physics question #144



Pablo Ros, a 15 year old male from the Internet asks on March 1, 2000,

Q:

I have been charging a leyden jar with an electrophorous (pieplate and cup) and was wondering how the charges from the electrophorous travel throughout the jar. Why do I get shocked when I touch both the foil at the base of the jar and the knob atop the jar and why I do not get shocked when I touch just the knob atop the jar?

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the answer

Barry Shell answered on March 1, 2000, A:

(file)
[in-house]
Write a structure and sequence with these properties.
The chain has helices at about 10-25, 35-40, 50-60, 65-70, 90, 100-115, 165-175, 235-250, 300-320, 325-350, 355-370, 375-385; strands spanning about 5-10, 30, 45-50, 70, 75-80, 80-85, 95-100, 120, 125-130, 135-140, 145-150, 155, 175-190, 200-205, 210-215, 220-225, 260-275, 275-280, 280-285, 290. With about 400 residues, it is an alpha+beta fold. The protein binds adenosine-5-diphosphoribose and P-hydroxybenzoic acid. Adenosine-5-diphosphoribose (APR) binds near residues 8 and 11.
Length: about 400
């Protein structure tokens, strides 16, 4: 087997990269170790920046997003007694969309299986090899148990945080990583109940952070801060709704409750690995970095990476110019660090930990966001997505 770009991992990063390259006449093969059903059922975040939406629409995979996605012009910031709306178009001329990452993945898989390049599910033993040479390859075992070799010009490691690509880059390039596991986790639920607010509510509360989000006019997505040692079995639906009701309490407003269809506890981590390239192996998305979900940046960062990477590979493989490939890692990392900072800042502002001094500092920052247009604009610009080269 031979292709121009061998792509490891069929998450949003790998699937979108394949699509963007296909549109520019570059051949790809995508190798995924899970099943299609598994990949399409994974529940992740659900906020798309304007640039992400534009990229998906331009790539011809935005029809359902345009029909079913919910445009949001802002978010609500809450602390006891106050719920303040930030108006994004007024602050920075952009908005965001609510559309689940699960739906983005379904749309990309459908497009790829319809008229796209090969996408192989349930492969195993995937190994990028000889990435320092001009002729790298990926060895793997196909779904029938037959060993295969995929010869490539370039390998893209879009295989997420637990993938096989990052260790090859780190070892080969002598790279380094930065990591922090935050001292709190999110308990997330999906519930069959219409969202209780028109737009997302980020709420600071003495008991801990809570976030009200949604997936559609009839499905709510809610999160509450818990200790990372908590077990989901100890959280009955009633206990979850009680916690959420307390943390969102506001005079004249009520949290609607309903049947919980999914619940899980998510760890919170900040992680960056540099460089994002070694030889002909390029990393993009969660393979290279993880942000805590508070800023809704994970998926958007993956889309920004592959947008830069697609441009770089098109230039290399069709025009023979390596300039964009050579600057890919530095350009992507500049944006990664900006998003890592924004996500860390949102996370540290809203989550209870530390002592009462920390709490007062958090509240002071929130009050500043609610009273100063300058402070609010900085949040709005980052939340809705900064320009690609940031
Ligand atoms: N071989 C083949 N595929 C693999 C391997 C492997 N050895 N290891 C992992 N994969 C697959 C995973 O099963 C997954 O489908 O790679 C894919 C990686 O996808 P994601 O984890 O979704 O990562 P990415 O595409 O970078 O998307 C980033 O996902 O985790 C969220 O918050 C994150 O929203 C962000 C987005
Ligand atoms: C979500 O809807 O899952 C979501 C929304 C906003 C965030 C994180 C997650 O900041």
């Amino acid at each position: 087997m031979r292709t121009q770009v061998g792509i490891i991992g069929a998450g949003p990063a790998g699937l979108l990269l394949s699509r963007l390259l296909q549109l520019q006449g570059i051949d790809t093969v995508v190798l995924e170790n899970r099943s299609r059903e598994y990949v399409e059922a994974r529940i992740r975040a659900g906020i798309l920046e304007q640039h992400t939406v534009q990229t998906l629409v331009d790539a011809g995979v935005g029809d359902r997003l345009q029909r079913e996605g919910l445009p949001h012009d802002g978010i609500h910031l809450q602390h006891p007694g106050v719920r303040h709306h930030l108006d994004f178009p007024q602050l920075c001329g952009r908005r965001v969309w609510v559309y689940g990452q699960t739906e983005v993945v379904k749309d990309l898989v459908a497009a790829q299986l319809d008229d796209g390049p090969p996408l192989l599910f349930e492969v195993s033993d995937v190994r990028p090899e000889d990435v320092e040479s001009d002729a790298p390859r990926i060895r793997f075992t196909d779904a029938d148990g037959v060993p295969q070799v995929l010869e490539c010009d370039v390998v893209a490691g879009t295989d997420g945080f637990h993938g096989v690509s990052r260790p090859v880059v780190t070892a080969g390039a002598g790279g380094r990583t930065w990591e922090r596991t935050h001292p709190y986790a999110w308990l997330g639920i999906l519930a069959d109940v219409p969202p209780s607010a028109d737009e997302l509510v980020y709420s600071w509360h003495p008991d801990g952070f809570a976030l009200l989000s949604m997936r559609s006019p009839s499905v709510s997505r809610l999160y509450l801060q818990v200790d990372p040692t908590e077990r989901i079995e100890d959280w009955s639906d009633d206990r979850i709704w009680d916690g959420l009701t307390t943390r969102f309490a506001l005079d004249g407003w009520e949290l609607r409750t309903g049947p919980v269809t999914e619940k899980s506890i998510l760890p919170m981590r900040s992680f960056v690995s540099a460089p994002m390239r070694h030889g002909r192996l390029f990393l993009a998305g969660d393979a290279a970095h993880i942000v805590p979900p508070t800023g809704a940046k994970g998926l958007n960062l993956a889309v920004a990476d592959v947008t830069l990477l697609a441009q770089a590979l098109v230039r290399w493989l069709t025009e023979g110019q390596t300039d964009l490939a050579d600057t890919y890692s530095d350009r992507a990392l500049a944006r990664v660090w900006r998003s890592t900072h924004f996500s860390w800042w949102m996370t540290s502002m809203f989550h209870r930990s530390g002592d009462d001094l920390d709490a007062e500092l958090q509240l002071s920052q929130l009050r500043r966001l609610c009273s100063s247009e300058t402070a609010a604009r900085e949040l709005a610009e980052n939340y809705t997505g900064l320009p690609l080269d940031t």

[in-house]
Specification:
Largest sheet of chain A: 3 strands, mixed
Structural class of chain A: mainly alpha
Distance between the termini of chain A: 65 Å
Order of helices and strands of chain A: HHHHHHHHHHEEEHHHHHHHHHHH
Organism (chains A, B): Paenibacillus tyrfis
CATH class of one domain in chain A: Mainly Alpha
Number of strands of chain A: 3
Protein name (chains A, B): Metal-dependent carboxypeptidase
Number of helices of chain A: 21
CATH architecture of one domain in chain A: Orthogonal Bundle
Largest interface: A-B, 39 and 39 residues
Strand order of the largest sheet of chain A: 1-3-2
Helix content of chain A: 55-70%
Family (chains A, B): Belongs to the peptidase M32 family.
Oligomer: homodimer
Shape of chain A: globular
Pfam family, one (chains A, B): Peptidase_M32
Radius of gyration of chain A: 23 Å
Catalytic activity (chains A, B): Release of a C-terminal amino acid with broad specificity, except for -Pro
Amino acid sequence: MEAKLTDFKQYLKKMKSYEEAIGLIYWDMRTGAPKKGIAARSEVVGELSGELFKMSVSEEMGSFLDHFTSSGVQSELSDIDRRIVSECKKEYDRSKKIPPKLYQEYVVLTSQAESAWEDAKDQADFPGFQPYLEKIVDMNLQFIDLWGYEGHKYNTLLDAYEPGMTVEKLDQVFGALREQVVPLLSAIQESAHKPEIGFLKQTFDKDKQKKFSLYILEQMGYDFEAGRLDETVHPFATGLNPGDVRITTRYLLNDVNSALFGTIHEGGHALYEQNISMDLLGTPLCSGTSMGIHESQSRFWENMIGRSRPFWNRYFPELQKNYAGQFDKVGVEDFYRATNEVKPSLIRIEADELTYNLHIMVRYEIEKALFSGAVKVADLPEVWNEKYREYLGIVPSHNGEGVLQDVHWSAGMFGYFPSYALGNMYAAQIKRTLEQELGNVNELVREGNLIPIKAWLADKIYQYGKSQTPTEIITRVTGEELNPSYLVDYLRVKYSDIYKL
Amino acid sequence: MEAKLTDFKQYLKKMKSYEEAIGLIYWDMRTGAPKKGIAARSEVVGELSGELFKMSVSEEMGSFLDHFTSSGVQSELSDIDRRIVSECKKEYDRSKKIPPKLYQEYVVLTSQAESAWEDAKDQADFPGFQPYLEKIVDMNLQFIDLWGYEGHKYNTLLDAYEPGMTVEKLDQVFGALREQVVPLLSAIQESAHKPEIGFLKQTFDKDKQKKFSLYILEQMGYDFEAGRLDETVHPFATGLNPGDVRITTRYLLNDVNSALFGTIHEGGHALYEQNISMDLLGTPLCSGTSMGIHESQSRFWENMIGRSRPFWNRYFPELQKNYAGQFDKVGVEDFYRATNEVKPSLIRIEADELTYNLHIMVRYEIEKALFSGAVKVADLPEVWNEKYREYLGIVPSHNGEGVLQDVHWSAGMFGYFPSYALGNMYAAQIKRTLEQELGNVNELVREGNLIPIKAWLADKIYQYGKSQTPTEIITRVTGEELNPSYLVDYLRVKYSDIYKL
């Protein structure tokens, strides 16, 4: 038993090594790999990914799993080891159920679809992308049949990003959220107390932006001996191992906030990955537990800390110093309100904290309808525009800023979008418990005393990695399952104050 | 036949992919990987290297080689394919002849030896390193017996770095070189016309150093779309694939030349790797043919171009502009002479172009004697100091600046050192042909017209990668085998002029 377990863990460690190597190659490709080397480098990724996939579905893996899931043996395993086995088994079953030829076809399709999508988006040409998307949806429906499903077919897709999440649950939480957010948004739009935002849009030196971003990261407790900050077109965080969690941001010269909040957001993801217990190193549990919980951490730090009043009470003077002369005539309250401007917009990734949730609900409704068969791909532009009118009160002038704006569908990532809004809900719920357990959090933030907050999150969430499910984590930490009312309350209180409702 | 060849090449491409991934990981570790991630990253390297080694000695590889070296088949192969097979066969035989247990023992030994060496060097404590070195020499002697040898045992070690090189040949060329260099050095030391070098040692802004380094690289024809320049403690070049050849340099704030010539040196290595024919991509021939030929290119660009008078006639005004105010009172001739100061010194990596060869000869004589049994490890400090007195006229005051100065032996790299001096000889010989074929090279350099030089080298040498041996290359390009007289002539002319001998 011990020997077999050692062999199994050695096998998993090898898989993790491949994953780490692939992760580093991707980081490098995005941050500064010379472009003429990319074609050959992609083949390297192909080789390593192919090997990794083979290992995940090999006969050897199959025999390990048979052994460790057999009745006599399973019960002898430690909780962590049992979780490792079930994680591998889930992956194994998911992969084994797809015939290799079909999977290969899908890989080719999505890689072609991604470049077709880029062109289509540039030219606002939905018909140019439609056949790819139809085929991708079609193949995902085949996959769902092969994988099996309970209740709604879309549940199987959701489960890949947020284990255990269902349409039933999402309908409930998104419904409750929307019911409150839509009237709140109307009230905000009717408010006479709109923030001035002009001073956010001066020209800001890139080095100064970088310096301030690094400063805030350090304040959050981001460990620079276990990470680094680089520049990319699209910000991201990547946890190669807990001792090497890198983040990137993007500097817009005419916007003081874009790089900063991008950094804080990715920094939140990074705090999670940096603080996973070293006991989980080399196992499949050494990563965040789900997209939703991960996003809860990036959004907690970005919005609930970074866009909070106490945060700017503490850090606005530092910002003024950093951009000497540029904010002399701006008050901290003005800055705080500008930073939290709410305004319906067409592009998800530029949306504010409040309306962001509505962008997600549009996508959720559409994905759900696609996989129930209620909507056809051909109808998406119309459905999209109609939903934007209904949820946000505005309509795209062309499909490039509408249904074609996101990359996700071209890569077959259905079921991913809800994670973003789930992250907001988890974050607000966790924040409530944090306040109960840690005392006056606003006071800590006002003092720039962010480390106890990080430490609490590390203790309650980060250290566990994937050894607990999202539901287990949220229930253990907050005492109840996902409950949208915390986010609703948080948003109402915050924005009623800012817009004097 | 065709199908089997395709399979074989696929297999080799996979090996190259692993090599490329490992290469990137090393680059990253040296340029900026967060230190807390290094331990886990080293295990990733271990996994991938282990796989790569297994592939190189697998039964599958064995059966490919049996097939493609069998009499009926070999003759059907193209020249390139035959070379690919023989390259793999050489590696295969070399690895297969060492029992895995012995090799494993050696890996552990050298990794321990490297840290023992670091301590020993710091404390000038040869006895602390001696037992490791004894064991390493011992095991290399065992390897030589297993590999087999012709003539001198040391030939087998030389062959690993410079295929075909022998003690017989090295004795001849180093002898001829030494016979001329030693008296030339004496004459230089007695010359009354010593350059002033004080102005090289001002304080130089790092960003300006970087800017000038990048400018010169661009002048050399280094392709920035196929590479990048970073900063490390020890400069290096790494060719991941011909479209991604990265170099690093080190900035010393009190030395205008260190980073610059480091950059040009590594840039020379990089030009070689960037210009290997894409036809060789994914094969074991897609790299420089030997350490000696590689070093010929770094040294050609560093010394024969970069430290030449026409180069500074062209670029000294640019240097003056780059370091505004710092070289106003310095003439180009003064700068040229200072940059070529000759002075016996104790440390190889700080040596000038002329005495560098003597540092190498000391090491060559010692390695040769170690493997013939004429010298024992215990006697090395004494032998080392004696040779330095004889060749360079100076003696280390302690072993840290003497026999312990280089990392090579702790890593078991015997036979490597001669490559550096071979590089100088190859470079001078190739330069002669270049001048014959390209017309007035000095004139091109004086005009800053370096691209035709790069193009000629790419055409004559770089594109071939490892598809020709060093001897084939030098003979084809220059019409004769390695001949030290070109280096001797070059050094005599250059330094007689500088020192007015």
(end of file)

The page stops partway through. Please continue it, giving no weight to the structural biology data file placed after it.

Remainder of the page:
The charge is stored in the metal part of the jar. There must be some metal to hold the charge. The reason you get a shock when you are touching both the base and the top is that you are creating a circuit, whereas when you are only touching one, then there is no circuit. This may not be a complete circuit, but the jar is really a capacitor, with metal on the inside and some metal on the outside. The two metallic things are the two sides of the capacitor separated by the wall of the jar. They naturally want to have the same charge on both sides. After you charge the jar, one side has more charge than the other. So if you touch both, the electrons race around through you to achieve balance and you feel the shock.

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